They acquired a 16-year-old brainiac, the son of an iconic figure in Ohio, and a tight end once coveted by powers from one end of the country to the other.
What the University of Toledo did not do Wednesday on national signing day is announce the Mid-American Conference’s top class. That mythological title went to Western Michigan, ripping the Rockets off their almost annual title as the league’s recruiting king.
Coach Matt Campbell was dejected, his head slumped as if he’d just suffered a rivalry loss. OK, maybe not.
“I’m not,” he said. “I think that’s something we’ve had for the last couple years and that hasn’t meant anything on the football field.”
Light on three-star prospects — three by Rivals.com, four by Scout.com — Campbell said his 23-player haul “filled every need we had” and inches the program closer to his objective of having 22 starting-caliber players on offense and on defense.
Campbell’s second full class is ranked third by both Scout and Rivals, marking the only time since since Tim Beckman’s first year in 2009 the Rockets didn’t finish first or second in the eyes of the foremost recruiting experts.
Almost two-thirds of the pledges — 14 — play defense, the weakest of Toledo’s units for the past decade. Among them is Columbus-area defensive tackle Noah Spielman, the son of former Ohio State and Massillon great Chris Spielman. Spielman of Upper Arlington is 6 feet and 278 pounds and, according to Campbell, “a steal for our program.”
On his son’s official visit, Chris Spielman, the all-time leading tackler for the Detroit Lions, tutored linebackers Junior Sylvestre and Chase Murdock on defending play-action.
“I said, ‘Jeez, I could use you here for spring practice,’ ” Campbell said.
Toledo landed two Florida prospects who waited until signing day to announce: Tampa cornerback Bernard Rogers and Lake Wales tight end Davi’on Riley. Riley, a three-star prospect who attracted early offers from Florida State, Oregon, and Tennessee, arrives packaged with his high school teammate Dedric Brinson, a cornerback. Campbell said Riley sat atop Toledo’s wish list at tight end since the spring.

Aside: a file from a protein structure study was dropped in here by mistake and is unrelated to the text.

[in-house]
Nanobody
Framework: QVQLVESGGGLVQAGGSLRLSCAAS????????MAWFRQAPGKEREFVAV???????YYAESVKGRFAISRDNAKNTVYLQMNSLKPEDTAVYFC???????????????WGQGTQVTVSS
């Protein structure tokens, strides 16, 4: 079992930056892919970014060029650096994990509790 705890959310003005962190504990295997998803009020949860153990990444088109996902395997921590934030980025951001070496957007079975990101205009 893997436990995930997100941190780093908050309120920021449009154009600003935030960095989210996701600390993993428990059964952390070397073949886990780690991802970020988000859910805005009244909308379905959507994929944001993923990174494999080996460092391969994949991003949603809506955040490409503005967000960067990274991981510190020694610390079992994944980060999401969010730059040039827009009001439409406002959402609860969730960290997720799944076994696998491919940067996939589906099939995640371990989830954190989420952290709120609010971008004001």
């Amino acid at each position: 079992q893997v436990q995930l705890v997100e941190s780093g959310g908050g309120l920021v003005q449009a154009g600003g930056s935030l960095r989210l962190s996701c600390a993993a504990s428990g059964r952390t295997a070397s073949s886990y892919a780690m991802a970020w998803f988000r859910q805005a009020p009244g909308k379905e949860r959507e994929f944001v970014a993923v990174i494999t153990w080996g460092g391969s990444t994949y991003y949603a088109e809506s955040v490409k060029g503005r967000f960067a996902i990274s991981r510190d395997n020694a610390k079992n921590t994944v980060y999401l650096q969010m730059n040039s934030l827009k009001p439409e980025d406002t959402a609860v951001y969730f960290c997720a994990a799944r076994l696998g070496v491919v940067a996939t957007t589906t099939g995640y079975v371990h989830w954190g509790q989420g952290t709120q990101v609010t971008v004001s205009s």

“That’s where patience paid off,” he said.
UT exceeded its scholarship allotment by seven or eight. Campbell said he’ll make up the difference by grayshirting three players whom he will identify at a later date. Moreover, he said, attrition through injuries and transfers should enable Toledo to open next season at the 85 scholarship limit.
An emphasis this year to target Texas paid dividends with the acquisitions of offensive lineman Bill Weber and defensive end/outside linebacker Olasunkanmi Adeniyi.
Adeniyi, a Nigeria native who moved to the U.S. seven years ago, is 16. He skipped a grade, Campbell said, and carries a 4.1 grade-point average and a 28 on the ACT.
Texas has been largely ignored by Toledo since Tom Amstutz’s days as coach.
“Two things,” Campbell said. “Our brand right now is really strong because of ESPN games on Tuesday, Wednesday, and Thursday. Two, flights from Dallas/Fort Worth and Bush Intercontinental are two hours from Detroit.”
The class is without a quarterback after Ithaca, Mich., signal caller Travis Smith backed out of his commitment two weeks ago in favor of Wake Forest. Campbell paused when asked if losing a prized recruit to his old rival, former Bowling Green coach Dave Clawson, was doubly painful.
“I’ll answer politically,” he said. “That happens. A little bit of it’s flattering. The situation that occurred there was the young man thought he had a quicker opportunity to show what he could do than he did here at the University of Toledo."
Also signing were four area walk-ons: Blake Bengela (Whitmer, defensive line), Sam Bruno (Anthony Wayne, safety), Corey Durbin (Fremont St. Joseph, defensive line), and Derich Weiland (Central Catholic, receiver).
— Ryan Autullo